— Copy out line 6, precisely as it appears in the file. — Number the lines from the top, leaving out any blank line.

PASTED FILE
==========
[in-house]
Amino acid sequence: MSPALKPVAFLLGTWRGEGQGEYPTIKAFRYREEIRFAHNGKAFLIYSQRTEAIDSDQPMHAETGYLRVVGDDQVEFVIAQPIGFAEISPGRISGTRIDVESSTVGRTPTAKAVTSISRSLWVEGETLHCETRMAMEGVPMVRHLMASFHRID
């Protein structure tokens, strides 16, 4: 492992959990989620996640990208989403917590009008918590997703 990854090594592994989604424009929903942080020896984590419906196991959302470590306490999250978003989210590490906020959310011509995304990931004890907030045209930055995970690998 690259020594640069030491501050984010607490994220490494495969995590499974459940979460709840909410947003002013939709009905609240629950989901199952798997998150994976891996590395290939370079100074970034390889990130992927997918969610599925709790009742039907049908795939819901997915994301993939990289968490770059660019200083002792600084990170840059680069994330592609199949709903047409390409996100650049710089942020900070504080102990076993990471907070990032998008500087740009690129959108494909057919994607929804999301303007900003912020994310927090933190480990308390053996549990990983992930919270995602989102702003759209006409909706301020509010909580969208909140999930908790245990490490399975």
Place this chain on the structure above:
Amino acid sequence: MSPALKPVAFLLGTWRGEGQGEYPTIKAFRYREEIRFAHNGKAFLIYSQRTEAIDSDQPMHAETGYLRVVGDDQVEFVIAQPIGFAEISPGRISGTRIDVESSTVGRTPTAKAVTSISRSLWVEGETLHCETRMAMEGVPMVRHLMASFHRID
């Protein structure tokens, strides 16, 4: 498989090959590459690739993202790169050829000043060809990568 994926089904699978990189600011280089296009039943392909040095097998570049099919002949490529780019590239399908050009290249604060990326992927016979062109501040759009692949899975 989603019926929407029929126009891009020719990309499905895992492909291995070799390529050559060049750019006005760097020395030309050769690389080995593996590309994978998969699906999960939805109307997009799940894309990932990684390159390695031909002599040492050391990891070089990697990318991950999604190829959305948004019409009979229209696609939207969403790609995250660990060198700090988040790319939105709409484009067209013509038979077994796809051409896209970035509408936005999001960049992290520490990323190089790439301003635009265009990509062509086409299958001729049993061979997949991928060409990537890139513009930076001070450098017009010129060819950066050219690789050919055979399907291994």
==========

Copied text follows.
């Protein structure tokens, strides 16, 4: 498989090959590459690739993202790169050829000043060809990568 994926089904699978990189600011280089296009039943392909040095097998570049099919002949490529780019590239399908050009290249604060990326992927016979062109501040759009692949899975 989603019926929407029929126009891009020719990309499905895992492909291995070799390529050559060049750019006005760097020395030309050769690389080995593996590309994978998969699906999960939805109307997009799940894309990932990684390159390695031909002599040492050391990891070089990697990318991950999604190829959305948004019409009979229209696609939207969403790609995250660990060198700090988040790319939105709409484009067209013509038979077994796809051409896209970035509408936005999001960049992290520490990323190089790439301003635009265009990509062509086409299958001729049993061979997949991928060409990537890139513009930076001070450098017009010129060819950066050219690789050919055979399907291994």